In recent years, closing the achievement gap has been high on the priority list. Among many signs, the achievement gap is evident in things like poor test scores and grades, higher dropout rates, and limited class participation. As legislation, educators, and parents look for ways to close the gap, improving literacy has proven to be a popular choice to tackle these problems.
In Colorado, Iowa, New Mexico, and Tennessee, legislators are considering implementing a law that allows school districts to retain students in third grade who can’t pass the state reading exams, according the article “Bills Prod Schools to Hold Back Third-Graders.” These states are taking on a new strategy to improve reading: hold back students in their early years so they have the skills to advance in future grades. However, this push is controversial due to evidence that shows retained students do not do better academically than students who had identical academic achievement but were promoted.
New York City is also taking a new approach to combat low-reading scores among students at third- and fourth-grade levels. “The core problem of literacy in middle school is you’re transitioning from learning to read, to reading to learn,” said Josh Thomases, deputy chief academic officer for the Education Department in the article “New Tactics on Reading at Middle Schools.” This is why teachers entering 18 of New York City’s lowest performing schools will go through training that teaches instructors how to teach middle school students specifically.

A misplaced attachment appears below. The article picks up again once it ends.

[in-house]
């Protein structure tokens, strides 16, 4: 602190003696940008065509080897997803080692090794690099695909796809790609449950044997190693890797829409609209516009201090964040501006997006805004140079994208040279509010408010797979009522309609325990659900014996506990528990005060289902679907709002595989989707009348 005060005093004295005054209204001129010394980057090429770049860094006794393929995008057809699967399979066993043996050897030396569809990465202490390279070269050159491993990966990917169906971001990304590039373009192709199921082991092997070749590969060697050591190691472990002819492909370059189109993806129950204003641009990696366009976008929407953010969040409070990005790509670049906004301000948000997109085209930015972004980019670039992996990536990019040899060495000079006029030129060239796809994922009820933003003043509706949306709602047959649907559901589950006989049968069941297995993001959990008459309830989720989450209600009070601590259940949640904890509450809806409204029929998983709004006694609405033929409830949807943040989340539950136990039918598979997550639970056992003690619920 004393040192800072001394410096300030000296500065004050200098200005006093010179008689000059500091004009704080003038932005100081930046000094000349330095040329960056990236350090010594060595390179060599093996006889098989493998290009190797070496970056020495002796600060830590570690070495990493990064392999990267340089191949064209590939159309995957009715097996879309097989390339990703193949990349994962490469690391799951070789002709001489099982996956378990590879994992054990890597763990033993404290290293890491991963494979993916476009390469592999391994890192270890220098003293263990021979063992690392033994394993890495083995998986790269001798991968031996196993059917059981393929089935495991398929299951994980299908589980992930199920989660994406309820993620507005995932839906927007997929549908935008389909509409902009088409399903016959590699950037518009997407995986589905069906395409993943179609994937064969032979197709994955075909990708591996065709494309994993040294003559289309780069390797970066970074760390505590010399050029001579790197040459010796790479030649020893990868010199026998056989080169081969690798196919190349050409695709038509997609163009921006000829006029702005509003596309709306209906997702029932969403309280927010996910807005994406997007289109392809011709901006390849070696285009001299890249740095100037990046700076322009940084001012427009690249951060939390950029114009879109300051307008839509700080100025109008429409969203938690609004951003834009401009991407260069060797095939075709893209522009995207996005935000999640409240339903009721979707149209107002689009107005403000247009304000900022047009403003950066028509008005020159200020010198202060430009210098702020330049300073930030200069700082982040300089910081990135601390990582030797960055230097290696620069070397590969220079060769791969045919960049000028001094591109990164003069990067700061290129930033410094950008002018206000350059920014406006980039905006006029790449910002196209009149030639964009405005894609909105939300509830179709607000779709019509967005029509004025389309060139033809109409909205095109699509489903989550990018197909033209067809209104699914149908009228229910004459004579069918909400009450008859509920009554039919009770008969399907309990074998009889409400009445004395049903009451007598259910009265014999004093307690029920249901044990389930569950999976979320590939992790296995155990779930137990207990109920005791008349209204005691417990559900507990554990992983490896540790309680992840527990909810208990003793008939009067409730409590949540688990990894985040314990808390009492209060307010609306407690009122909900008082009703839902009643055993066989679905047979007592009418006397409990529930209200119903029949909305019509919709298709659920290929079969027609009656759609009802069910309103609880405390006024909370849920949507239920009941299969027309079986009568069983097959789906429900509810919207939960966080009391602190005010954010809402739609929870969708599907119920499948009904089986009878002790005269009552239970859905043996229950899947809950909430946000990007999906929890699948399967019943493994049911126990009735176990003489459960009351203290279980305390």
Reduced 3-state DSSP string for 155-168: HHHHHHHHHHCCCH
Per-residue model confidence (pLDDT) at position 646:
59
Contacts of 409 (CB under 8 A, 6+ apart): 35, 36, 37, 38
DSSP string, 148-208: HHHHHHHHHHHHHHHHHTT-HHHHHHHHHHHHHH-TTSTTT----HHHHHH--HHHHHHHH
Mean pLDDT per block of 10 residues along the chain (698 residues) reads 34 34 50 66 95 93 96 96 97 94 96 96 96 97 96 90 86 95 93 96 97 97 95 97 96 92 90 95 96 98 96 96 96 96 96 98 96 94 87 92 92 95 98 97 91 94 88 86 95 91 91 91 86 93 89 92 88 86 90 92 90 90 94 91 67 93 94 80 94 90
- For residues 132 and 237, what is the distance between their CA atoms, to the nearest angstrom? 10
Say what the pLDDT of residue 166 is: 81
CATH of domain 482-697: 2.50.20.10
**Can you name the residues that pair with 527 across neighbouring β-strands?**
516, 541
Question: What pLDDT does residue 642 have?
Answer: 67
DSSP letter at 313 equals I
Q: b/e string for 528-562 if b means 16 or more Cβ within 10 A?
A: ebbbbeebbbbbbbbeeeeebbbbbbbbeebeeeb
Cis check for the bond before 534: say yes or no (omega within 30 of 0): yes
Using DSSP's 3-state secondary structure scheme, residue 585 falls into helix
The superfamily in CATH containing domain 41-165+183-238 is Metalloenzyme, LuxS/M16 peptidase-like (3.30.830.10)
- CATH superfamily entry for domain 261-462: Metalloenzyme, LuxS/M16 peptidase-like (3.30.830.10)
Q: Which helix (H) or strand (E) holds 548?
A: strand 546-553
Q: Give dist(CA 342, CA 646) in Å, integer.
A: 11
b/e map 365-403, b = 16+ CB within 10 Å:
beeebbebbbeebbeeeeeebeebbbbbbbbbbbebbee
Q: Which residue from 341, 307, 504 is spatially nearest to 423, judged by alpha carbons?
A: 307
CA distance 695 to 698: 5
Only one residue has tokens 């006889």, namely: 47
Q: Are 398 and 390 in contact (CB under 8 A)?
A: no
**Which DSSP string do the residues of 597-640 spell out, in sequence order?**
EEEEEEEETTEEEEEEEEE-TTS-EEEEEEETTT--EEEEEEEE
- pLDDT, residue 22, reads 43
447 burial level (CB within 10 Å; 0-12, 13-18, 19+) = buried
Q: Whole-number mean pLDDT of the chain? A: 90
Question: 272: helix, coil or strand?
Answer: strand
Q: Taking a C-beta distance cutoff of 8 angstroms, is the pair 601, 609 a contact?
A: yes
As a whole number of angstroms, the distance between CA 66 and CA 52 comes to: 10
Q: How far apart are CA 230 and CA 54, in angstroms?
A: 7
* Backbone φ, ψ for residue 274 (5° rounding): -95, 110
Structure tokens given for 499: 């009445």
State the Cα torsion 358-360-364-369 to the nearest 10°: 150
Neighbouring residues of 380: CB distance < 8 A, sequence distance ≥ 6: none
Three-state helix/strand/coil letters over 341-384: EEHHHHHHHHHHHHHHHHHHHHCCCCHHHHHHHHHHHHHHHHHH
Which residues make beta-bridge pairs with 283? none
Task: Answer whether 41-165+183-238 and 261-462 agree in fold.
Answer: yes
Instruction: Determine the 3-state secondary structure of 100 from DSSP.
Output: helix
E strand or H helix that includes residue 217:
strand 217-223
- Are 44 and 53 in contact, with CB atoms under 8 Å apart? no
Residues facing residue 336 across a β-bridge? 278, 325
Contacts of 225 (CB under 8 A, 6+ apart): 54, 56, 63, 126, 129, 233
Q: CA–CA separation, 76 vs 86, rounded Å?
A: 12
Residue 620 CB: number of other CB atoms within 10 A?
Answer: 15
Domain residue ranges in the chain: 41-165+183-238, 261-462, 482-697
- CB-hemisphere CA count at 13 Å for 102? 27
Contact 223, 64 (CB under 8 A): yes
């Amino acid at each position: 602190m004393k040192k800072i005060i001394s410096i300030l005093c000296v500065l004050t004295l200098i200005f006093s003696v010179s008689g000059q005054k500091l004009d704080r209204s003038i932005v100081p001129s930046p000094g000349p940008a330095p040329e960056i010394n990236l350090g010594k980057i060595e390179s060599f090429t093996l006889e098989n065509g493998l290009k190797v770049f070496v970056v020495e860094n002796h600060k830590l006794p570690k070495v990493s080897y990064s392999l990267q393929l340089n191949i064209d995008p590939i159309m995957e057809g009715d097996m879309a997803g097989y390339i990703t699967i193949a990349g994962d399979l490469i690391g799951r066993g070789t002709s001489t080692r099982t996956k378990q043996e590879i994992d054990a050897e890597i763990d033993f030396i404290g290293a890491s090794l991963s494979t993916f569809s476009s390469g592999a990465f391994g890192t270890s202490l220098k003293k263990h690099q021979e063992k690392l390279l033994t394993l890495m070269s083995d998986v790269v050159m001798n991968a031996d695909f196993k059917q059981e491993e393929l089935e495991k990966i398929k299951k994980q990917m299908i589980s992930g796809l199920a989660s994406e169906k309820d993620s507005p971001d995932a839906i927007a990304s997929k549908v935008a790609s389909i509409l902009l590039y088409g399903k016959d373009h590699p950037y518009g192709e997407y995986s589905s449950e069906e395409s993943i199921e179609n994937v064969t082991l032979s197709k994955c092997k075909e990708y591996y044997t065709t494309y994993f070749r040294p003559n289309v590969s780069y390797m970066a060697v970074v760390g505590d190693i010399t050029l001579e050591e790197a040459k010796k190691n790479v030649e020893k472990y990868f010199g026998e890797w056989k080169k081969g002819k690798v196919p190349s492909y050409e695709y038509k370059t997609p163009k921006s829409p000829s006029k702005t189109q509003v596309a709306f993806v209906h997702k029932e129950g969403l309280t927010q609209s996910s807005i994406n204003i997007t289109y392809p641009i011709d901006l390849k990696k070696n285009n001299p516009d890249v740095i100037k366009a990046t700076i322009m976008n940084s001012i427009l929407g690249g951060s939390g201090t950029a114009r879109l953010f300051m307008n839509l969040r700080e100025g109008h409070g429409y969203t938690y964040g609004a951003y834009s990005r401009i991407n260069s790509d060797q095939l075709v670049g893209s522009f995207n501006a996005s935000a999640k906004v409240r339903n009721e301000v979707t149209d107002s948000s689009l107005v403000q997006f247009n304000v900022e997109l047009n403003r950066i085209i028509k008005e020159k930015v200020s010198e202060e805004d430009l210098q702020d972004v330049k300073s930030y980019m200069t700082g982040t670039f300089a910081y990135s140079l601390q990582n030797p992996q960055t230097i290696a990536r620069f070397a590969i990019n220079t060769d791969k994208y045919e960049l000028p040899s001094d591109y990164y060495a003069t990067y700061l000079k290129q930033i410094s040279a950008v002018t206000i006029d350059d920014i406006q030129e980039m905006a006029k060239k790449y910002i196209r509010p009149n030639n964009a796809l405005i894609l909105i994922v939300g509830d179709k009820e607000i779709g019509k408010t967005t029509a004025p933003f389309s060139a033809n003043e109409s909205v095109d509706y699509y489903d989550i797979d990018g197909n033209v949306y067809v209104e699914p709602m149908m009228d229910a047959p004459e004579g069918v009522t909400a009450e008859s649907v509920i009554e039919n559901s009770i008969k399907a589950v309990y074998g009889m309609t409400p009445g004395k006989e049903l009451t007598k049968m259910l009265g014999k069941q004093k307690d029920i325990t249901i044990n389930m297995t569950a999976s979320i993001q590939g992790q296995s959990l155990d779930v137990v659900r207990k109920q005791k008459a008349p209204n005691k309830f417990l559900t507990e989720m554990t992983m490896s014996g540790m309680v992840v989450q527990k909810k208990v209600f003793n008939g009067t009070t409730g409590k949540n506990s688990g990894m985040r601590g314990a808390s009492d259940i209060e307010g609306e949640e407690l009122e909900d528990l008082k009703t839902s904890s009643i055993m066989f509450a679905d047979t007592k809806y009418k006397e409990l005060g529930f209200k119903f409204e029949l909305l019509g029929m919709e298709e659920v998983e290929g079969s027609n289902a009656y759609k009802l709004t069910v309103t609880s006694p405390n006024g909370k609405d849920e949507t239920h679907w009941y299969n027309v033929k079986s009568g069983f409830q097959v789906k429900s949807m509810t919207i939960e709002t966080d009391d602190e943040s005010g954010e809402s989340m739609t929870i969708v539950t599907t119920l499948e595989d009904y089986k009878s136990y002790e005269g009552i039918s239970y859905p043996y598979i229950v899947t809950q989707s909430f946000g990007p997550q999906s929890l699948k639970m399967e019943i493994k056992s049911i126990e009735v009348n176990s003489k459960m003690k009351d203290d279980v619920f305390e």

One of the best opportunities for low-income students to keep up or improve their reading is simply by reading during the summer. Summer reading losses are more severe in lower socioeconomic families who are already at a greater risk of academic failure, according to Reading Rockets. Students should be encouraged to read anything from classical literature to magazines, from their favorite blog to graphic novels.
LifeBound’s book Success in Middle School is the perfect book to add to your student’s reading list this summer to not only keep them reading, but to allow them to get prepared for a new social, academic, and emotional environment. Visit www.lifebound.com to see our reading list for middle school students, high school students and college students. Help a child in your life make the most out of this summer.